Good Muslim, Bad Muslim
Source Yoshie Furuhashi
Date 04/04/10/21:25

Mahmood Mamdani, _Good Muslim, Bad Muslim:  America, the Cold War,
and the Roots of Terror_

*****   The New York Times, April 10, 2004
When U.S. Aided Insurgents, Did It Breed Future Terrorists?

In the varied explanations for the 9/11 attacks and the rise in
terrorism, two themes keep recurring. One is that Islamic culture
itself is to blame, leading to a clash of civilizations, or, as more
nuanced versions have it, a struggle between secular-minded and
fundamentalist Muslims that has resulted in extremist violence
against the West. The second is that terrorism is a feature of the
post-cold-war landscape, belonging to an era in which international
relations are no longer defined by the titanic confrontation between
two superpowers, the United States and the Soviet Union.

But in the eyes of Mahmood Mamdani, a Uganda-born political scientist
and cultural anthropologist at Columbia University, both those
assumptions are wrong. Not only does he argue that terrorism does not
necessarily have anything to do with Islamic culture; he also insists
that the spread of terror as a tactic is largely an outgrowth of
American cold war foreign policy. After Vietnam, he argues, the
American government shifted from a strategy of direct intervention in
the fight against global Communism to one of supporting new forms of
low-level insurgency by private armed groups.

"In practice," Mr. Mamdani has written, "it translated into a United
States decision to harness, or even to cultivate, terrorism in the
struggle against regimes it considered pro-Soviet." The real culprit
of 9/11, in other words, is not Islam but rather non-state violence
in general, during the final stages of the stand-off with the Soviet
Union. Using third and fourth parties, the C.I.A. supported terrorist
and proto-terrorist movements in Indochina, Latin America, Africa
and, of course, Afghanistan, he argues in his new book, "Good Muslim,
Bad Muslim: America, the Cold War and the Roots of Terror" (Pantheon).

"The real damage the C.I.A. did was not the providing of arms and
money," he writes, " but the privatization of information about how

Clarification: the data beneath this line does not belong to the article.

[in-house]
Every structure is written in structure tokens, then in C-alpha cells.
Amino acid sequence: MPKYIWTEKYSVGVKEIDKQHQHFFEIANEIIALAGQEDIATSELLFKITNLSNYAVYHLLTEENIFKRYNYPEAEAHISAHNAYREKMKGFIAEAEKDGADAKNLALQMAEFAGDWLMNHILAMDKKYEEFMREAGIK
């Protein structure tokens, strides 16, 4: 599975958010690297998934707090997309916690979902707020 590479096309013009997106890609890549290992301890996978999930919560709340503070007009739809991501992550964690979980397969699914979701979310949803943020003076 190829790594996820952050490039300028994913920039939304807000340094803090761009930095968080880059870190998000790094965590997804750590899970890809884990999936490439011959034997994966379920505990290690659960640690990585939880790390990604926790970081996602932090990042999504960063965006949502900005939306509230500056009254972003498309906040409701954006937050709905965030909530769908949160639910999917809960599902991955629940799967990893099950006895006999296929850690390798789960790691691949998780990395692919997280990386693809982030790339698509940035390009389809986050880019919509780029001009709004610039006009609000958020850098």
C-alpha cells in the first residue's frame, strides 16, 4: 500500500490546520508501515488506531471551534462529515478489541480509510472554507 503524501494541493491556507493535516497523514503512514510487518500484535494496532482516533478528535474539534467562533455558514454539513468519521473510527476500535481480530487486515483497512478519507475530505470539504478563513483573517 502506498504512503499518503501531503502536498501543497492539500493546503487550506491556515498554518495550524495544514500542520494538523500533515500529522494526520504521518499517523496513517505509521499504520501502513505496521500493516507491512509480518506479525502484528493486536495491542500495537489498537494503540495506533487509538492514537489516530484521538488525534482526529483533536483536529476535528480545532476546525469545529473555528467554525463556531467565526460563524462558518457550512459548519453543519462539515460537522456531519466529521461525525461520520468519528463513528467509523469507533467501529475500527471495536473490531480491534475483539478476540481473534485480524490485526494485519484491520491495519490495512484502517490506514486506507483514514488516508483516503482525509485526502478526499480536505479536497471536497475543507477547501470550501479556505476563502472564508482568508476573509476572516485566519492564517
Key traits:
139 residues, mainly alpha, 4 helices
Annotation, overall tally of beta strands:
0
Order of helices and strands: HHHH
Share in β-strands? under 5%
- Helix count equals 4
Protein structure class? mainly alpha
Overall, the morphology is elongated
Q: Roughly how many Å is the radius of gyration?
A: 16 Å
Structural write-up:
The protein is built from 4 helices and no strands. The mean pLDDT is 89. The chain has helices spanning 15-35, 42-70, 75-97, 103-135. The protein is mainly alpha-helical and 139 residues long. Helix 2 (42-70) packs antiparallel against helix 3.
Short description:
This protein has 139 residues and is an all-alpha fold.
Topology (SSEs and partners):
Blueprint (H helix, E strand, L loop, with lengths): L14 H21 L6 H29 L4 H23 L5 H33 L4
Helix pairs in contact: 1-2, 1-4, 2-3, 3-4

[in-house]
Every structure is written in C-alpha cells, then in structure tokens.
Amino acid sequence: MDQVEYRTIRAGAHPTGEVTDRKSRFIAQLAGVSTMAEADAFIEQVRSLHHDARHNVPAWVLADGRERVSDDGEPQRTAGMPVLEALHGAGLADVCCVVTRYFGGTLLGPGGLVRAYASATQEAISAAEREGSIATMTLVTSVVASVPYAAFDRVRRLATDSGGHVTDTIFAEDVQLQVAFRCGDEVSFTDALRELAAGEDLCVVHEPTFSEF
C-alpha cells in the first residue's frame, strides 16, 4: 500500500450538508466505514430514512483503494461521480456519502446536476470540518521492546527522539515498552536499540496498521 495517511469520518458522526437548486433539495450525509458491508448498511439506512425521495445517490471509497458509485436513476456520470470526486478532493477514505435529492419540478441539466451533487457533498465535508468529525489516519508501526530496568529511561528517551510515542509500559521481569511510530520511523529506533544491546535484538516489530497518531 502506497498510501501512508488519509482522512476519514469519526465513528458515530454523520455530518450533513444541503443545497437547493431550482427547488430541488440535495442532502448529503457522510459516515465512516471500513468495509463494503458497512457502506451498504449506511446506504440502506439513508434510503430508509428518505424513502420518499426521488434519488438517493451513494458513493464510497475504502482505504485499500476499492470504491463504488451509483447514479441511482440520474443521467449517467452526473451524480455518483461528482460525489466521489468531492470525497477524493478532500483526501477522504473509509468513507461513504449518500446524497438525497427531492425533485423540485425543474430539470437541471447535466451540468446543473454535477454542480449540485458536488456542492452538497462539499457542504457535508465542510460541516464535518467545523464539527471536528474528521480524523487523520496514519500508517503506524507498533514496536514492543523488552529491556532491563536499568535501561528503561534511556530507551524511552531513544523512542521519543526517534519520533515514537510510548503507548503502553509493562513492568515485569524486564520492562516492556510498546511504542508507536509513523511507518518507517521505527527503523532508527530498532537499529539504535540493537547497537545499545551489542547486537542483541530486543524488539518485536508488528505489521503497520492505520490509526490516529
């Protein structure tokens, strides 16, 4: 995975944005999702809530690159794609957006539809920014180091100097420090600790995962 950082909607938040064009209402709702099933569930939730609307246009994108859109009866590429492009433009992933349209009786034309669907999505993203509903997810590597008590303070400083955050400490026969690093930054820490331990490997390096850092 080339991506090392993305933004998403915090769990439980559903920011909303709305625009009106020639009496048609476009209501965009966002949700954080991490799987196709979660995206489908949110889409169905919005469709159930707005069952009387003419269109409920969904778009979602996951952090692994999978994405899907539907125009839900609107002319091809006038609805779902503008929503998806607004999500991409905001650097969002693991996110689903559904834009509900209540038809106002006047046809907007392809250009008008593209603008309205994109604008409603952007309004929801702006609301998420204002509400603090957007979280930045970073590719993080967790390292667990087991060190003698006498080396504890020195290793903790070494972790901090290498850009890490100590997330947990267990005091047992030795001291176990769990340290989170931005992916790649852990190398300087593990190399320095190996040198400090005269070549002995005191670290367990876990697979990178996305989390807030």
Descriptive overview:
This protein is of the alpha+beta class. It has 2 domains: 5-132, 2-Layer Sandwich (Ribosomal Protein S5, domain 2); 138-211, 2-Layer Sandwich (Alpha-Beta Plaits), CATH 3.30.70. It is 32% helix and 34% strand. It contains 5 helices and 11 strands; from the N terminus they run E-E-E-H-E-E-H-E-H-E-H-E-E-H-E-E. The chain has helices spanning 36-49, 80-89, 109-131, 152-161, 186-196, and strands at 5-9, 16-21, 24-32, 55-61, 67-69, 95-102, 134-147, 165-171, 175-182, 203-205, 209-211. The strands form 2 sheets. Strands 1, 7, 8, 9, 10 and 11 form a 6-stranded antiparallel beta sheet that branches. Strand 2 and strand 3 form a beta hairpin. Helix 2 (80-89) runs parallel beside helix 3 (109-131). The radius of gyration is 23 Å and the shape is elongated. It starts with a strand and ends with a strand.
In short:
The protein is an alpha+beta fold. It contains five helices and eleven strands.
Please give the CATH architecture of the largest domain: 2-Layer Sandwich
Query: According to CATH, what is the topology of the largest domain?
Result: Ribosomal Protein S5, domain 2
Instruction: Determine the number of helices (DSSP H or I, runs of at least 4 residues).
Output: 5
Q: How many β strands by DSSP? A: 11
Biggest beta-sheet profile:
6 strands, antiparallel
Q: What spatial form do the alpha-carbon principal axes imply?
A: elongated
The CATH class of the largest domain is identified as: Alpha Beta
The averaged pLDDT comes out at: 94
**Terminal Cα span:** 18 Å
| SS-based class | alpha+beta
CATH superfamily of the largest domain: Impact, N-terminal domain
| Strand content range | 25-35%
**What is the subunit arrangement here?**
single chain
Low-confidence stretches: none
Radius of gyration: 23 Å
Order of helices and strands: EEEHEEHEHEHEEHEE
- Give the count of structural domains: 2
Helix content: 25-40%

to produce and spread violence - the formation of private militias -
capable of creating terror." The best-known C.I.A.-trained terrorist,
he notes dryly, is Osama bin Laden.

Other recent accounts have examined the ways in which American
support for the mujahedeen in the 1980's helped pave the way for
Islamic terrorism in the 90's. But Mr. Mamdani posits a new - and far
more controversial - thesis by connecting the violent strain of Islam
to a broader American strategy.

"Mahmood's argument is that terrorism is a defining characteristic of
the last phase of the cold war," said Robert Meister, a political
scientist at the University of California, Santa Cruz, who has
followed Mr. Mamdani's work for three decades. He added, "It was a
characteristic that took on, especially in Africa, a logic of its
own, a logic that eventually broke free of the geopolitics that
started it."

In a telephone interview from Kampala, Uganda, where he has a second
home, Mr. Mamdani explained, "What I have in mind is the policy of
proxy war." As his book recounts, the African continent became a
major front in the cold war after the rapid decolonization of the
1960's and 70's gave rise to a number of nationalist movements
influenced by Marxist-Leninist principles.

For the United States, caught in the wave of antiwar feeling set off
by Vietnam, the only way to roll back this process was to give
indirect support to violent new right-wing groups. Mr. Mamdani
asserts, for example, that the United States policy of constructive
engagement with apartheid in South Africa helped sustain two
proto-terrorist organizations - Unita, the National Union for the
Total Independence of Angola, and Renamo, the Mozambican National
Resistance - that were armed and trained by the South African Defense
Force. Renamo became what Mr. Mamdani calls Africa's "first genuine
terrorist movement," a privatized outfit that unleashed random
violence against civilians without any serious pretension to national

In the 1980's, Mr. Mamdani argues, the American use of proxy forces
became increasingly overt. "What had begun as a very pragmatic policy
under Kissinger was ideologized by the Reagan administration in